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New Release Review - COLOSSAL

colossal film review
A young American woman discovers she may be responsible for attacks on Seoul by a giant monster.







Review by Eric Hillis

Directed by: Nacho Vigalondo

Starring: Anne Hathaway, Jason Sudeikis, Austin Stowell, Tim Blake Nelson, Dan Stevens

colossal movie poster


Since winning acclaim for his feature debut, 2007's time travel head-melter Time Crimes, Spanish director Nacho Vigalondo has struggled to live up to his early promise. Open Windows had an intriguing premise - a Rear Window style thriller taking place entirely on a laptop screen - but Vigalondo couldn't morph it into a satisfying watch. Extraterrestrial attempted to add a human dimension to the alien invasion genre by concentrating on the plight of one lone couple, but again the movie failed to live up to its premise. With his latest, Colossal, Vigalondo once again attempts to splice large scale sci-fi with indie drama sensibilities, and sadly it's yet another misfire.

colossal

Since losing her job as a writer for a website - a victim, it's implied of faux social media outrage, an element I wish the film had explored further - Gloria (Anne Hathaway) has been partying hard. Arriving home at dawn after her latest bender, she's shocked to find her long suffering boyfriend Tim (Dan Stevens) has packed her bags, no longer willing to put up with her wild lifestyle. Gloria returns to her hometown and moves into her now empty family home, reuniting with an old friend, Oscar (Jason Sudeikis), who gives her a job as a waitress in her bar.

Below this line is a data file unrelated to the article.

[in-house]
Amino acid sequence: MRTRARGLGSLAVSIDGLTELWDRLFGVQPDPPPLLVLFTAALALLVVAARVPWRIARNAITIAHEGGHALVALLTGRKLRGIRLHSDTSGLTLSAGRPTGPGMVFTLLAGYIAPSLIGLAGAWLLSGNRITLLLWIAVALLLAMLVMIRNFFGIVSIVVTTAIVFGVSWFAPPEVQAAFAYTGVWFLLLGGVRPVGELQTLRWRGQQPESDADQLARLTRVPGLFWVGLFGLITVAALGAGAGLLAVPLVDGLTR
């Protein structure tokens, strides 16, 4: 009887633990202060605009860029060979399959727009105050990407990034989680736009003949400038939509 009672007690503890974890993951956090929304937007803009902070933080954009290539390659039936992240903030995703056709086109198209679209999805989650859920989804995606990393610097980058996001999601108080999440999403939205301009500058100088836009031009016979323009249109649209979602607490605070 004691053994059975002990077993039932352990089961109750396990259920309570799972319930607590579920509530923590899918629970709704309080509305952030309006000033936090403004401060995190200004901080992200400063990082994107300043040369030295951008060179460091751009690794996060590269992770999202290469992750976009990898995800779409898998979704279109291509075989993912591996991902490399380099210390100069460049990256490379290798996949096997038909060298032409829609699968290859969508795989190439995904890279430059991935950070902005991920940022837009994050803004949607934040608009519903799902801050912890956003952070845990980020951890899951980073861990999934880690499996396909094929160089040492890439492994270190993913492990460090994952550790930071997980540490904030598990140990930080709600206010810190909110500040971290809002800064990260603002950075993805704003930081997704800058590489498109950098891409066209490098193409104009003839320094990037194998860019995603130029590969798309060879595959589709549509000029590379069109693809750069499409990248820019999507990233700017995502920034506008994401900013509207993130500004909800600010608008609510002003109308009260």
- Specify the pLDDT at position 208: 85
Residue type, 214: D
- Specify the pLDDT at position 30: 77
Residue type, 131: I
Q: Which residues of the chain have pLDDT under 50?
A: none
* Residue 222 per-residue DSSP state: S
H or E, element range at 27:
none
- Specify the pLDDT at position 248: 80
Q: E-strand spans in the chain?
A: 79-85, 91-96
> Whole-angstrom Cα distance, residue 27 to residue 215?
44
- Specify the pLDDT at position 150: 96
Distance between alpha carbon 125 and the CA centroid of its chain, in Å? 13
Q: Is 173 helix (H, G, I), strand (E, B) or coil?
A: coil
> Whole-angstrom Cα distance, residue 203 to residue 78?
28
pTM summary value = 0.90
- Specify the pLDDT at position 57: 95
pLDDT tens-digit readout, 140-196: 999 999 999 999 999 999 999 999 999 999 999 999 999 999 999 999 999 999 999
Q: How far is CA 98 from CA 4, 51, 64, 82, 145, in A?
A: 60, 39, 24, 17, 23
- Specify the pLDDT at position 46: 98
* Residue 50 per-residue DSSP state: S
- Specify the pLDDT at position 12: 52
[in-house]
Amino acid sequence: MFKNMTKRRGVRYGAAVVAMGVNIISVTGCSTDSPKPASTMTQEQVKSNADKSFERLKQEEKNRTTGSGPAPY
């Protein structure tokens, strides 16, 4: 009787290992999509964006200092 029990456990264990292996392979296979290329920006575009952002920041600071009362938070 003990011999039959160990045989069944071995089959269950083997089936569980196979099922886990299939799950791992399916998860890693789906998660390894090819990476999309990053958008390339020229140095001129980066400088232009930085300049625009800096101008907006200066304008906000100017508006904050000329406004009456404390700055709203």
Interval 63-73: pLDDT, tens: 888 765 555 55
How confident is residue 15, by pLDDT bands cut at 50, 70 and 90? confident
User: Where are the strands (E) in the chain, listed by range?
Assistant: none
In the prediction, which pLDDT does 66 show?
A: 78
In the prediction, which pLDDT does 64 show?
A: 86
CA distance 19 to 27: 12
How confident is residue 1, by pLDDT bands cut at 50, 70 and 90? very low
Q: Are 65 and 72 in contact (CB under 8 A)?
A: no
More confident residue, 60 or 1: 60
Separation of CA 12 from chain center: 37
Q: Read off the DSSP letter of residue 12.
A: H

After a post-work night of drinking, Gloria awakes the next afternoon to discover the world is in a panic. Earlier that morning a giant monster materialised out of thin air in downtown Seoul, wreaking havoc for a couple of minutes before disappearing. Gloria discovers that somehow she is connected to the monster, which appears at 8.05am if she walks through a local playground.

colossal

Colossal's first half will have you thoroughly gripped as Vigalondo manages to sell a premise that could have easily fallen flat from the off. Key to making this outrageous concept believable is Hathaway's performance, arguably the finest work of her career. As evidenced by her star turn in the late Jonathan Demme's Rachel Getting Married, the actress is at her best when playing broken and tormented characters. Of course, Gloria is one of those glamorous Hollywood alcoholics whose make-up never runs and who favours beer over turpentine. She's no more an alcoholic than the average college student.

At the midway point, the movie takes a dark turn, and any sense of verisimilitude goes out the window. After so convincingly selling us the sci-fi elements of his plot, Vigalondo fails with the human side, as a character suddenly turns into an over the top, moustache twirling, sociopathic villain who makes Katherine Heigl's evil ex from Unforgettable seem grounded in realism.

colossal

When reviewing female-oriented romantic comedies I inevitably find myself moaning about how the lead always ends up with a guy she seems completely unsuited and unattracted to, simply because he's a 'nice guy'. Credit to Colossal for attempting to address this issue, with Sudeikis' 'nice guy' here turning out to be a bitter narcissist. The trouble lies in how this is revealed. It comes out of nowhere, with no build up, no foreshadowing, as though 20 minutes of the movie were chopped out of its first act, and I couldn't buy into any of the character's evil actions. A similar problem lies with Gloria's boyfriend Tim, whom the film portrays as a foppish Hugh Grant type and ultimately villainises, despite the fact that he's clearly been put through a rough time by Gloria, whom the film lets off the hook. The whole affair feels as though Vigalondo is more concerned with scoring feminist ally points than in spinning a plausible narrative, and even the staunchest misandrist will struggle to get on board with the film's final act.

Colossal is in UK/ROI cinemas May 19th.



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